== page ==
by LUCY KIM
year, director Hanna Elias used 129 Palestinian
actors to dub Richard Attenborough’s epic
film Gandhi into Arabic. In what has come to be
known as the “Gandhi Project,” the
Arabic Gandhi screened across the West Bank and
Gaza, and premiered in Ramallah (Ben Kingsley,
who played Gandhi in the original, was there,
and so was Jeffrey Skoll, whose Skoll Foundation
co funded the project). The prospect of peace
has been, for well over two decades, a principal
theme in Elias’ life and work. A few years
ago, when he made his first feature film, he shot
on location in the occupied territories using
an all-Palestinian cast and an all-Jewish-Israeli
crew. When the Second Intifadeh began—the
wave of Palestinian revolt against the occupation
that began in 2000—he hired bodyguards to
keep his Israeli crew safe, then moved the entire
production to the east side of Jerusalem, which
was considered “less dangerous.” The
resulting film, The Olive Harvest, is a Palestinian
love story about two brothers, and their passion
for the land and the same woman. “It’s
a metaphor for Jews and Arabs in the Holy Land!”
says Elias. It won the Best Arab Film and Special
Jury awards at the Cairo Film Festival, and has
screened in film festivals all over the world.
Elias captured much of the behind-the-scenes drama
on video, and he plans to use the footage in The
Making of The Olive Harvest. “It’s
to show how we can really work on obstacles together
and that we can be creative together,” he
When people hear “Palestinian,” I
think a lot of folks automatically think, “Hamas
terrorist!” Are you militant?
I’m a Palestinian from Israel, raised in
a Christian family, and I carry Israeli citizenship.
In Israel, twenty percent of the population are
Palestinian. These are the natives who stayed
in their homes during the Nakbah in 1948, the
war between Israel and the Arab countries. Since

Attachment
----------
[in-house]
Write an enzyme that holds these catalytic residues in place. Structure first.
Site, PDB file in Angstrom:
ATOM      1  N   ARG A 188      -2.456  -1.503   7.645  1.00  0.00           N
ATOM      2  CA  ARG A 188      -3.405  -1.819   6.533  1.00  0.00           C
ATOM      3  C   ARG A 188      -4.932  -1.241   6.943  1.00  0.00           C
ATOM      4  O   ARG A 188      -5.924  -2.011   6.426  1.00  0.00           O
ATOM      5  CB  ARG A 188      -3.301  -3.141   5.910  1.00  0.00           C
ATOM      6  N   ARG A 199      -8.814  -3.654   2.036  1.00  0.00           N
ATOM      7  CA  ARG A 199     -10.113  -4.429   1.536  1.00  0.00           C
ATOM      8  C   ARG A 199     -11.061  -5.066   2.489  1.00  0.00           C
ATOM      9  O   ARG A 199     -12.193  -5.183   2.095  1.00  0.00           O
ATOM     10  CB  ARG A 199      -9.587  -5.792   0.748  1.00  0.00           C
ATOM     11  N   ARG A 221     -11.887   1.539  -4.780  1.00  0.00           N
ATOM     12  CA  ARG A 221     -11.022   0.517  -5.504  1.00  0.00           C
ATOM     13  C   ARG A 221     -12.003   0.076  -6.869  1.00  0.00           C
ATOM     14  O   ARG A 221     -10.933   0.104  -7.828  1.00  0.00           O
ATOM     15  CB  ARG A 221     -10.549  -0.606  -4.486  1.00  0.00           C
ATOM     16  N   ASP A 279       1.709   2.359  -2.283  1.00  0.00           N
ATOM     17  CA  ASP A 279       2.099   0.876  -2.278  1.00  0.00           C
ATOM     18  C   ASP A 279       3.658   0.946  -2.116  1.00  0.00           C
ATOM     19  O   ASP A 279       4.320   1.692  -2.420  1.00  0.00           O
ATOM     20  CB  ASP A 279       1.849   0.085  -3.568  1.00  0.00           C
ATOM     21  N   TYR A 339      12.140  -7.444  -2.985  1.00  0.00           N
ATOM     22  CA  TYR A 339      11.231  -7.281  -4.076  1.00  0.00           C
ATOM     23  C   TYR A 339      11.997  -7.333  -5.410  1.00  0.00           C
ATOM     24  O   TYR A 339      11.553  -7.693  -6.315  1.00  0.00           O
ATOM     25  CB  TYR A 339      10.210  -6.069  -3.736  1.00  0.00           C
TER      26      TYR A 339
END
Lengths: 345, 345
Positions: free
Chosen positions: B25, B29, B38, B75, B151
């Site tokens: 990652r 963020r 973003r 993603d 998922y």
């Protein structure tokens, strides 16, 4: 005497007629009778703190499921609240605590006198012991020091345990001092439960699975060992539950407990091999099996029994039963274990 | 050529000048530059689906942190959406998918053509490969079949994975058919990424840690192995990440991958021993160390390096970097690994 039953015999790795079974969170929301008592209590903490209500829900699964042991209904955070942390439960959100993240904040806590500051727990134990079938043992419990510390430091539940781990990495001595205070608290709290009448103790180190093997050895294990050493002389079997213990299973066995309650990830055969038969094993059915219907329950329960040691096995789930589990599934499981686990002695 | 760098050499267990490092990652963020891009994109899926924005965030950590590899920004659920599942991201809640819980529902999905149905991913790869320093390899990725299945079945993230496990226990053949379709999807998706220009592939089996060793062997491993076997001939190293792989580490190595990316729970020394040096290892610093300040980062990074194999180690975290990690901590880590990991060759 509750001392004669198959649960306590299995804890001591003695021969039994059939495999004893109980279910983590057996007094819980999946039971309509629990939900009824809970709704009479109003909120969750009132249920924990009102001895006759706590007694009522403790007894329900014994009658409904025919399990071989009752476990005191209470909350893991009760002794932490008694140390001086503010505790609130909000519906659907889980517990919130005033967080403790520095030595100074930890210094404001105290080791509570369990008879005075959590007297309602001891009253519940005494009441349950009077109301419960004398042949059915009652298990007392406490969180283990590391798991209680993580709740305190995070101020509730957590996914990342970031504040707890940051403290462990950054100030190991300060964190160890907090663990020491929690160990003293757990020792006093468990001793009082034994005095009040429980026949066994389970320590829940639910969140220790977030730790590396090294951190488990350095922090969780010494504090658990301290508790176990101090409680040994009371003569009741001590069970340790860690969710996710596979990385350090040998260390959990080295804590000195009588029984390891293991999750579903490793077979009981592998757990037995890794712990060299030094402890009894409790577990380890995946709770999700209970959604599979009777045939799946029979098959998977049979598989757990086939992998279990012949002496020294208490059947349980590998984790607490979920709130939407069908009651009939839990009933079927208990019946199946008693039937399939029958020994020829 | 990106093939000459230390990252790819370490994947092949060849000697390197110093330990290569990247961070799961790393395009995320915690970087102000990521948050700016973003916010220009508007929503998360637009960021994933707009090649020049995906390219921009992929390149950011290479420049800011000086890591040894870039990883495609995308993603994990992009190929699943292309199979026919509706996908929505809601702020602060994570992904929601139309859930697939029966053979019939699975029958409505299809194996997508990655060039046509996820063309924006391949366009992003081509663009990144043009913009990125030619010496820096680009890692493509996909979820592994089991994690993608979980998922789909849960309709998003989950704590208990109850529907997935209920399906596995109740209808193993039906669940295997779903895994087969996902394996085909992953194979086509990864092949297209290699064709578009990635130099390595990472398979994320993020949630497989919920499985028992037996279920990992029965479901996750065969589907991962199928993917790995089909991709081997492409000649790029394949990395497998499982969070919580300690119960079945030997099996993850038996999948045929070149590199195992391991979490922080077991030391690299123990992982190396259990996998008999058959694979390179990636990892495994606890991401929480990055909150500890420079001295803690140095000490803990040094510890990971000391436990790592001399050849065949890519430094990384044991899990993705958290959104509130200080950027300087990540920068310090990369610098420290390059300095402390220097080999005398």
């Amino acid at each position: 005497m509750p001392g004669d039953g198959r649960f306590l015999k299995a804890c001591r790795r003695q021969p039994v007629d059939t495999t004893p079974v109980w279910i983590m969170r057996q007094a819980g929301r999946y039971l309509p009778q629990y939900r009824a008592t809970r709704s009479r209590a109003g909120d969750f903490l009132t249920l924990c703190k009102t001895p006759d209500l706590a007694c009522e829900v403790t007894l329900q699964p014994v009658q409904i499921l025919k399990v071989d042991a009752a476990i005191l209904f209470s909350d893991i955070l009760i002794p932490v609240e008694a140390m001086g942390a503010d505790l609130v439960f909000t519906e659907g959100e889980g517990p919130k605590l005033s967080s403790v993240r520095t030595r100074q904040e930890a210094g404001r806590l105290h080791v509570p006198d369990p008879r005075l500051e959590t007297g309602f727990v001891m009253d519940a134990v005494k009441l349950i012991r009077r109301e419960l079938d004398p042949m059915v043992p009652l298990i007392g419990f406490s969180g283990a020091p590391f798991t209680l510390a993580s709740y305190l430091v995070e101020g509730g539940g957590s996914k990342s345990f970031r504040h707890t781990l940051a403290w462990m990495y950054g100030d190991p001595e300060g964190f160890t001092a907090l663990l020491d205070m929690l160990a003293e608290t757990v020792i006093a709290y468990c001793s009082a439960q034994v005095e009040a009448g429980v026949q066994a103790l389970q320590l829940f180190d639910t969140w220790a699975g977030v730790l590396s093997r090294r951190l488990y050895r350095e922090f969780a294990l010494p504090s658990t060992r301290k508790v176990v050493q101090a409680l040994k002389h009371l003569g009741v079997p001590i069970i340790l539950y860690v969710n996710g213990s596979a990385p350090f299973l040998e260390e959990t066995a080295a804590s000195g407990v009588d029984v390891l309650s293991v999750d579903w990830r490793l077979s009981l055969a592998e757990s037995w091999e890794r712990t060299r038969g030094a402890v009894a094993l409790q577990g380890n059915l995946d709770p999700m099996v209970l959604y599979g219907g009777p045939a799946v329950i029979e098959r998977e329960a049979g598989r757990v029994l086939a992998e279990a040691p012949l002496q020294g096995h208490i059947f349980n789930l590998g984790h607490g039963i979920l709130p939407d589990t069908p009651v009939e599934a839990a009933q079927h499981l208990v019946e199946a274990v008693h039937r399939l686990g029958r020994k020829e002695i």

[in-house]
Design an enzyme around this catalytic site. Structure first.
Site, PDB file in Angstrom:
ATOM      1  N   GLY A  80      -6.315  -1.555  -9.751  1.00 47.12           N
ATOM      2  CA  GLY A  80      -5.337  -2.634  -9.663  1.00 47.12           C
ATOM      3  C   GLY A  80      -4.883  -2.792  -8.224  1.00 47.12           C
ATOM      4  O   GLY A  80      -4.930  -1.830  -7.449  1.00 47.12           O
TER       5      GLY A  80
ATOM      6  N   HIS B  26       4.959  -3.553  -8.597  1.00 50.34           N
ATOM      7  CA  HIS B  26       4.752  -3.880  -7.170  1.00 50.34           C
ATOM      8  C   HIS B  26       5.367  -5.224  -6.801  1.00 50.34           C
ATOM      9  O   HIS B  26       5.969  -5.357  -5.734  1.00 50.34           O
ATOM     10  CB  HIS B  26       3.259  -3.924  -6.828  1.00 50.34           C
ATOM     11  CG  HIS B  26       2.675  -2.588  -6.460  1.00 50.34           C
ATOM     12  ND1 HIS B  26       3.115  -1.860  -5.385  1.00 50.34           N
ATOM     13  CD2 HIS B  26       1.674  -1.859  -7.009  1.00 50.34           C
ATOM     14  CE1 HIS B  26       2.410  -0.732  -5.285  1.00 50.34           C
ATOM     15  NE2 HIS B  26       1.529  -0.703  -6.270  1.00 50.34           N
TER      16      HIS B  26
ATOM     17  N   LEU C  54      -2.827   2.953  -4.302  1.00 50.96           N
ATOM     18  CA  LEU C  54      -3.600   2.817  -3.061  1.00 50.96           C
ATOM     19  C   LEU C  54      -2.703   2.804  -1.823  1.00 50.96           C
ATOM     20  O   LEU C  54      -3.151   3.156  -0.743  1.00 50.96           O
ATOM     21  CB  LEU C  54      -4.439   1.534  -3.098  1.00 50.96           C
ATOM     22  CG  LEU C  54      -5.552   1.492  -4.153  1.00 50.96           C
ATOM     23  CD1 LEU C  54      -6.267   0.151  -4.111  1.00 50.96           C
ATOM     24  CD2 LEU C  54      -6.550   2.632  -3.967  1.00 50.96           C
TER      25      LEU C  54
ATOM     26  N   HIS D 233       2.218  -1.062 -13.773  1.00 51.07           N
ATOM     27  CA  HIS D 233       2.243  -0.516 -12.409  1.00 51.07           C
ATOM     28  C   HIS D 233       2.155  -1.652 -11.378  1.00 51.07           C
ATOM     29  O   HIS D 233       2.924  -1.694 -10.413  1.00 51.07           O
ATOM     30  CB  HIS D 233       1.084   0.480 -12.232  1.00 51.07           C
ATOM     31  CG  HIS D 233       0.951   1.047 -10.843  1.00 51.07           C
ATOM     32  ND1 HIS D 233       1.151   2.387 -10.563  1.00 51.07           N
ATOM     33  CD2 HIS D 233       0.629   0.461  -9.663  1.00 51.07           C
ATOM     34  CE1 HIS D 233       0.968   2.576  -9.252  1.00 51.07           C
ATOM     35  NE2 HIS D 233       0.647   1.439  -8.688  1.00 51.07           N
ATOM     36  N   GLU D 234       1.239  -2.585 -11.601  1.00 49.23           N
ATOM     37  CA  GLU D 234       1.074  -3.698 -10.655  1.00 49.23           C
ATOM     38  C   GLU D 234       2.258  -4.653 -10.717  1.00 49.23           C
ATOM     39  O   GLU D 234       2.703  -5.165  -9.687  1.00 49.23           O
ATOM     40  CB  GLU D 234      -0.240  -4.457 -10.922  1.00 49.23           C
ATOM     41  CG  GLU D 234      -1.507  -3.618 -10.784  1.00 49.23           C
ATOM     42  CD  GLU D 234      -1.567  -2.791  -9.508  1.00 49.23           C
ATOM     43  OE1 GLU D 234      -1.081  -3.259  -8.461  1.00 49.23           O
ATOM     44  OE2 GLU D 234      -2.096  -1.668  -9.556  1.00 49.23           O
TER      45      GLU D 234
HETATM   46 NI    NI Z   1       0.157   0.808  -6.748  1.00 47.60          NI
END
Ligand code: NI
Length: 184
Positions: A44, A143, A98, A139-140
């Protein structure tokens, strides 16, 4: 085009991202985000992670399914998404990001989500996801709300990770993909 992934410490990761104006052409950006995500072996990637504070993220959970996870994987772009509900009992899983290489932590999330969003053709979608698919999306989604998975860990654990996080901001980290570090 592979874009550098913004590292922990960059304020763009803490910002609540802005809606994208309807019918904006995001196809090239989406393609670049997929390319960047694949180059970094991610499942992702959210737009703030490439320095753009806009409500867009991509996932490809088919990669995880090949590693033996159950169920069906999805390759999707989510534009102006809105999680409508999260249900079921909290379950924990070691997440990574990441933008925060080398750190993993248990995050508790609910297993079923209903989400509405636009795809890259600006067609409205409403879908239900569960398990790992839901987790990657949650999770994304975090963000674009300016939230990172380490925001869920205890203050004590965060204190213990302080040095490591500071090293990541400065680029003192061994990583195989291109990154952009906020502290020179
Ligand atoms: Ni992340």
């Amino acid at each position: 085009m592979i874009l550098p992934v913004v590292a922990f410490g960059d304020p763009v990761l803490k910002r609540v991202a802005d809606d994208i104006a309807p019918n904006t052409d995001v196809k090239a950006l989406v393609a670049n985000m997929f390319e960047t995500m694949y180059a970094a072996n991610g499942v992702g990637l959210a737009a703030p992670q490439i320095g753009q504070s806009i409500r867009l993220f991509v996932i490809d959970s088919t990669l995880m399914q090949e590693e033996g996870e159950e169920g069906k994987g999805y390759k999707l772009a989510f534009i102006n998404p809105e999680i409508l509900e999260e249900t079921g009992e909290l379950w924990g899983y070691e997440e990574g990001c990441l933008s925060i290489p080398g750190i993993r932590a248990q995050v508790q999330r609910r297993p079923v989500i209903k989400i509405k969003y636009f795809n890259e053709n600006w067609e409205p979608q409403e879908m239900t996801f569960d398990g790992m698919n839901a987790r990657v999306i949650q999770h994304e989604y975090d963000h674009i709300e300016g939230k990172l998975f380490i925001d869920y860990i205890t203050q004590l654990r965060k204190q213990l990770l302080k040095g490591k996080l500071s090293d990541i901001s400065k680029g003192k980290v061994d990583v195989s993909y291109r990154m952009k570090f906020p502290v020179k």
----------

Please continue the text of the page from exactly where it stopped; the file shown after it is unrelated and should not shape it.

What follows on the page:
then, the harassment and discrimination has been
endless. But in the occupied territories, since
1967, the oppression has been ten times worse,
and we ask why Palestinians are extremists? And
nobody knows about this because they package us
like, “Oh, these people are Hamas. They’re
dangerous.” So am I militant? Yes I am.
Nonviolent militant. And I’m angry.
What’s happening in the occupied territories?
Israel is terminating us. I can’t convey
to you or any reader what I mean. It’s like
someone holding you under water, and you move
your hands in the air and you try to breathe,
and you scratch their face. Everybody watching
says, “Look, look! He scratched his face!
He’s the bad guy.” And the guy under
the water cannot breathe. He’s dying. That’s
the situation. Really. There’s a new law
in Israel that says any Palestinian from the occupied
territories—the West Bank and Gaza—cannot
live with their spouse, if the person they marry
is from Israel. See, I am from Israel. So let’s
say I fall in love with a woman from Ramallah.
I cannot bring her to my village in Israel. It
is illegal. She could come with a tourist visa
one time, maybe, and that’s it. And it gets
worse. Anyone on the planet who marries a Palestinian
from the occupied territories, isn’t allowed
to go live there with their new spouse. They have
to choose: raise a family over the Internet, or
move. So that’s one less Palestinian for
Israel to deal with, while they put more settlers
on our land. But—and this is the law—any
Jew on the planet can move the next day to Israel
and get automatic citizenship, loans from the
government, jobs, you name it. And if they marry
anyone on the planet, their spouse gets automatic
Israeli citizenship. If you ask me, one solution
for peace in the Middle East is to have Palestinians
marry Jews, Jews marry Christians, Christians
But in the meantime, what?
The international community has to recognize that
occupation is like rape. There is no such thing
as a good rape, a bad rape, and a medium rape.
It’s a rape! The Romans occupied Israel,
and the Jews were so angry 2,000 years ago. They
base their misery on that occupation, their separation
from their homeland. They blame the Romans for
destroying their second temple. So now the Roman
occupation is bad, and their occupation is great?
The United Nations discovered that every dollar
a Palestinian gets, eighty-five percent of it
stays in Israel because we have no industry. Everything,
we buy from them. Toilet paper, from them. Chocolate,
from them. Milk, cheese, clothes, food, everything!
Every Palestinian adult in the occupied territories
has been in prison three years, on average! These
are the numbers. Which means every Palestinian
child has a parent who has been in prison. This